Notable Actors: Denis Leary, Jack McGee, Michael Lombardi, Steven Pasquale, Daniel Sunjata, John Scurti, Andrea Roth
Review: I have to admit, I haven’t fallen in love with a show this quick since I discovered “Dexter” a few years ago. I seriously could not stop myself from watching as many episodes in a row as possible. Denis Leary pretty much took his song “I’m An Asshole,” threw in some 9/11 subtext, and created a seriously gripping series about fire fighters dealing with the events in New York after the smoke had cleared. Season 1 took me all of two days to complete thanks to an incredibly lazy past Sunday, and I couldn’t be happier. I’m probably going to comment season by season because the first one struck me so hard, but if you haven’t had a chance to catch one of FX’s many gems, it’s not too late. All the seasons are on Netflix Watch Instantly, and I can’t wait to see how long it takes me to finish every last one of them. But back to the story, Leary’s character Tommy Gavin is an egotistical FDNY hero who is suffering from post traumatic stress after losing numerous fire fighting friends during the collapse of the Twin Towers. The hardest loss for him was his cousin Jimmy (James McCaffrey), whom he sees as a ghost and has frequent conversations with. Since the attack, Tommy became a no good alcoholic that let all his demons get the better of him, so now he lives across the street from his current/ex-wife who is in the process of leaving him. His kids only stay with him on certain days, and his wife is dating a new man. Not to mention Tommy is still supporting his “wife” Janet (Roth) and owns both houses. Tommy Gavin is watching his life spin out of control, and only he can stop it. Too bad for him he’s up there for Dick of the Century, and it seems as if “Rescue Me” is just an experiment to see how far Leary can push his character Gavin over the edge. But it’s a damn good one. Between the other fire fighter’s messed up problems and knack for getting into sticky situations, “Rescue Me” is always raining shit on another character, but keeping us engrossed. The show isn’t a total downer though because it does pay great tribute to the FDNY at the same time (even though it might not seem it based on how some of the characters are portrayed), and the story begs the question “How would you react if it was your job to march into those towers, but more importantly how would you deal with the hell that followed?” So many brave rescue workers gave their lives that day, but so many others have to live with the burden of the carnage that followed. “Rescue Me” paints a harsh but realistic picture of how some people coped with that fateful day. Leary, you mean-spirited son of a bitch, you really created a winner here.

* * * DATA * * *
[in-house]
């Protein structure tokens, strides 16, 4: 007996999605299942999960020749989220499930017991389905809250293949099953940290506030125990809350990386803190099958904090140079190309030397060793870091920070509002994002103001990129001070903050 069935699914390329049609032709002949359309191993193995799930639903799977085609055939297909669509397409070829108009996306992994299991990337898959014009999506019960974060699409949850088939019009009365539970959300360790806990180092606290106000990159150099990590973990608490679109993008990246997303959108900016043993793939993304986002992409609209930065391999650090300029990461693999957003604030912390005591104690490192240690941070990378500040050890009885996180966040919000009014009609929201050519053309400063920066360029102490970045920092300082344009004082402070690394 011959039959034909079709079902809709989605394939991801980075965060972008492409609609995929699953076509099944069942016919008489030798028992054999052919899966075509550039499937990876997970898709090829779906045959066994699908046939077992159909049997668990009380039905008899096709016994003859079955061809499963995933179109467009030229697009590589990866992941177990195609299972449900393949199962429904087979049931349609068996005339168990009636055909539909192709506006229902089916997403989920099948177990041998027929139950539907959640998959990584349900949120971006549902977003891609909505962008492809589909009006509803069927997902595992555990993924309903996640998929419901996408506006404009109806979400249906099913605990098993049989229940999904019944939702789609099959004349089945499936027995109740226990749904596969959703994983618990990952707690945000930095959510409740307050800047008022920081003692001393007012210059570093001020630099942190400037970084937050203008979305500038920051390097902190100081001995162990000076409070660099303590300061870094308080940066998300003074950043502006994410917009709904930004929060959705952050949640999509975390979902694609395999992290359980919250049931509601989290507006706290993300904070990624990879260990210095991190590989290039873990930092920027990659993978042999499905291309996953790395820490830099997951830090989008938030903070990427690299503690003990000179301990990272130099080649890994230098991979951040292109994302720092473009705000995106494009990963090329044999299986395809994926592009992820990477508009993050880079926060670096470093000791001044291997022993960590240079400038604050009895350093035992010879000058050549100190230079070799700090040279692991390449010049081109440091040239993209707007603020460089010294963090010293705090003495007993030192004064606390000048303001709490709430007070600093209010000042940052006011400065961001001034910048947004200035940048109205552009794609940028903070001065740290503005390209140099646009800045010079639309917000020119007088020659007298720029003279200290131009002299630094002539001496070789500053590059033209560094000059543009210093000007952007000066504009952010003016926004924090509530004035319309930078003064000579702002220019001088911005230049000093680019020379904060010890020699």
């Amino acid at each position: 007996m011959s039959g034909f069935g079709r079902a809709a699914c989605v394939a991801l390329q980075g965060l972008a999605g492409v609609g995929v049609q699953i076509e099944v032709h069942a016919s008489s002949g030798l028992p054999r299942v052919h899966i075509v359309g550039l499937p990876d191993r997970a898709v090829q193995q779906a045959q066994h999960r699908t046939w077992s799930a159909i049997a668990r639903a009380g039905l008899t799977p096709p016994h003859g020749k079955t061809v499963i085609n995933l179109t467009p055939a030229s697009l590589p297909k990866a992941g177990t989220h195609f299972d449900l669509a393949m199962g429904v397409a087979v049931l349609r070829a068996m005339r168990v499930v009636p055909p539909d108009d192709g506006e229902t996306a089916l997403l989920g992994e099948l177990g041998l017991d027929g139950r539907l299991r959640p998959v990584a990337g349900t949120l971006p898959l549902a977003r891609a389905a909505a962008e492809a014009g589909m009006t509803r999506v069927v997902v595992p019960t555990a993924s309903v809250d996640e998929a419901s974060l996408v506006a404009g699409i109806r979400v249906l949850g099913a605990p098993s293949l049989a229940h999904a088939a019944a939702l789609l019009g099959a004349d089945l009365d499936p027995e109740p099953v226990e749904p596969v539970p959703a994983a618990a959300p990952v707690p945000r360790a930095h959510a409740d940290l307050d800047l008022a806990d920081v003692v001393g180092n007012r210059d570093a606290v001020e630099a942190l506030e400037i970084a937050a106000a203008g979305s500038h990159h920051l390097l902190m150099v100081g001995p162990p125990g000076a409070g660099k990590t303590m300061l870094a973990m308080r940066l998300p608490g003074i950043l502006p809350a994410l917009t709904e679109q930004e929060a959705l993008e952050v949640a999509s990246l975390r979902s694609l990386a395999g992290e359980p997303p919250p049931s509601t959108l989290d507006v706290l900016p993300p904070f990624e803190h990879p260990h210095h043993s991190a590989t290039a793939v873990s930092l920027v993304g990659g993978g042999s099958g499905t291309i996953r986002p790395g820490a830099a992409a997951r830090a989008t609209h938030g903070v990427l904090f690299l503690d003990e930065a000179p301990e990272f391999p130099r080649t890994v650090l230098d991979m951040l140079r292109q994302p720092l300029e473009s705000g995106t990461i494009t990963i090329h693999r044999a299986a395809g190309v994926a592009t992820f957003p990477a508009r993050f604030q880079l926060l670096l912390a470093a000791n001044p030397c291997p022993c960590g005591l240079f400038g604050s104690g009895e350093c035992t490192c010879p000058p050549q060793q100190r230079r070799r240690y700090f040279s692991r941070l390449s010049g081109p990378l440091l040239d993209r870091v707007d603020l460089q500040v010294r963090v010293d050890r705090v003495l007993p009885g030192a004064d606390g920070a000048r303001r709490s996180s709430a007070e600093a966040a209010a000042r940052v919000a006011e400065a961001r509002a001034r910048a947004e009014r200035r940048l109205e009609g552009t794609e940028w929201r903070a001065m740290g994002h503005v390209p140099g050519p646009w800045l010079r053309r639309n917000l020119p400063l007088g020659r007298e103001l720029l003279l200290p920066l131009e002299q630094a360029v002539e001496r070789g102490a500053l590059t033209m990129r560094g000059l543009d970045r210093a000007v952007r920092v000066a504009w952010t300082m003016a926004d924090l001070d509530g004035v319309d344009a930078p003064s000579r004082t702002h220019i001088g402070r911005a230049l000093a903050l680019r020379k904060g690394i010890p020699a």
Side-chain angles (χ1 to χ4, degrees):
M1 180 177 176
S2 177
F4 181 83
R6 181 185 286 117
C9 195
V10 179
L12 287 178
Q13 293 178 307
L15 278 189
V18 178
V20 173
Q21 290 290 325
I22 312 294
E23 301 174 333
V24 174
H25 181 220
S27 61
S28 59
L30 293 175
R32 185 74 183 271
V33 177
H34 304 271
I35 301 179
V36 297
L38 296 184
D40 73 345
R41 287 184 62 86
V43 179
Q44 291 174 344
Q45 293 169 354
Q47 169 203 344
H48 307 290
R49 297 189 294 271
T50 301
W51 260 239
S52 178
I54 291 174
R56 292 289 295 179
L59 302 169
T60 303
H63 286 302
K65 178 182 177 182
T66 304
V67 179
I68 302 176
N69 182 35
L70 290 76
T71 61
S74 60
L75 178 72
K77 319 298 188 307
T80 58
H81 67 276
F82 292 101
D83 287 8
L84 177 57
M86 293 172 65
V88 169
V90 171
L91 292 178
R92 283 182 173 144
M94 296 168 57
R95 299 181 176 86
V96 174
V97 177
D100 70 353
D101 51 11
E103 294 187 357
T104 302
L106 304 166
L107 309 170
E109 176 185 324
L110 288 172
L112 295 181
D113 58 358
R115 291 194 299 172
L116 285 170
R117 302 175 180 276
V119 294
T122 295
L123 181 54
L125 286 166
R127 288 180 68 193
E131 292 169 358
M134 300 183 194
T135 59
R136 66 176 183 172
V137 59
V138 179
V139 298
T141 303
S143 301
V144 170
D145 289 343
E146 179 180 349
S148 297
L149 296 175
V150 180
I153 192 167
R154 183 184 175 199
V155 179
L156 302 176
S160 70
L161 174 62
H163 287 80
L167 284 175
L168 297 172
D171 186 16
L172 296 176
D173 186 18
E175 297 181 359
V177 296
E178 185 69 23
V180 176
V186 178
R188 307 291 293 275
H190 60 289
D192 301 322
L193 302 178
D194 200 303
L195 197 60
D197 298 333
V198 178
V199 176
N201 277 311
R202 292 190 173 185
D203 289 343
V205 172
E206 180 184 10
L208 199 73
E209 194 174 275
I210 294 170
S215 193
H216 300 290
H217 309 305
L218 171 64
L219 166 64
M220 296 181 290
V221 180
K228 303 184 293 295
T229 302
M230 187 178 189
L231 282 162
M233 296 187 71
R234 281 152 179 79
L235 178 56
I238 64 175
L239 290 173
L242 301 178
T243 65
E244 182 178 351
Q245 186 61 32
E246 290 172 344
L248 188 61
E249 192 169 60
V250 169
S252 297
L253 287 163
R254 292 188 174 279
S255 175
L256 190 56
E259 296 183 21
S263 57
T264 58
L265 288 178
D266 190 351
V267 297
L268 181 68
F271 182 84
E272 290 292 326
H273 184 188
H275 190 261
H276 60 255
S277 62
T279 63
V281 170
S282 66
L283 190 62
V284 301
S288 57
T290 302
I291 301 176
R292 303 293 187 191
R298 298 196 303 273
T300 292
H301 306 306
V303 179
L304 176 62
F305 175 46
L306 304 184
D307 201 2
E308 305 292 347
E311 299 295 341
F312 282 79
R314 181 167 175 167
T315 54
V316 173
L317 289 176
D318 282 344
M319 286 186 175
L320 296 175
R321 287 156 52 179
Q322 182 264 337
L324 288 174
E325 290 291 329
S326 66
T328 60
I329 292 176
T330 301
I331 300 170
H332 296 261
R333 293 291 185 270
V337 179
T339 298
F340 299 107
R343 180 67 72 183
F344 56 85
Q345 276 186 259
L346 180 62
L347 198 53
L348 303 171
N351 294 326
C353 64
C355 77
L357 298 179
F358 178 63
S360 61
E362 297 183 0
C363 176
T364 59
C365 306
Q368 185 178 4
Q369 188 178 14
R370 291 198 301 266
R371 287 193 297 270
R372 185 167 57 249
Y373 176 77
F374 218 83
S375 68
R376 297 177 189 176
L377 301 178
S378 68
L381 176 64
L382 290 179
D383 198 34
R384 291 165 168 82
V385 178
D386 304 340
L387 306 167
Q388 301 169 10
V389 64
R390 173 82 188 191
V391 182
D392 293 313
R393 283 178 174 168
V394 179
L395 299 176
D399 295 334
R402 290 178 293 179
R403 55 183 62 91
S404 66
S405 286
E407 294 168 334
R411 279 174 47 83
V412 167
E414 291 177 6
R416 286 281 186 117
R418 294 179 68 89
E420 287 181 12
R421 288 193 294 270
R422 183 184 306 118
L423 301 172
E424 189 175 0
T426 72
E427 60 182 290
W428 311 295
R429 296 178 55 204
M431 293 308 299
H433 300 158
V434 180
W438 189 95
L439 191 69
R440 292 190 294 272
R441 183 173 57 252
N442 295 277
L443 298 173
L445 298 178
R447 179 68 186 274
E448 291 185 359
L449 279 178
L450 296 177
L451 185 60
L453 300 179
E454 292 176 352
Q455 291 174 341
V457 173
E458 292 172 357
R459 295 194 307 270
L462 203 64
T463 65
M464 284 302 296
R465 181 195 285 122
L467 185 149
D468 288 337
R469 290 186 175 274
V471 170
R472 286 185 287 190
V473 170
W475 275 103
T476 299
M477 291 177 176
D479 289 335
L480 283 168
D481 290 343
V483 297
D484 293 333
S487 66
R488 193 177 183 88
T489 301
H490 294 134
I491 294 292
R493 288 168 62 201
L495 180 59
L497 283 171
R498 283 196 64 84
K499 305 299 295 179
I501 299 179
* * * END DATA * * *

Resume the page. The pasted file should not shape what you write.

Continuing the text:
Netflix Rating: 5/5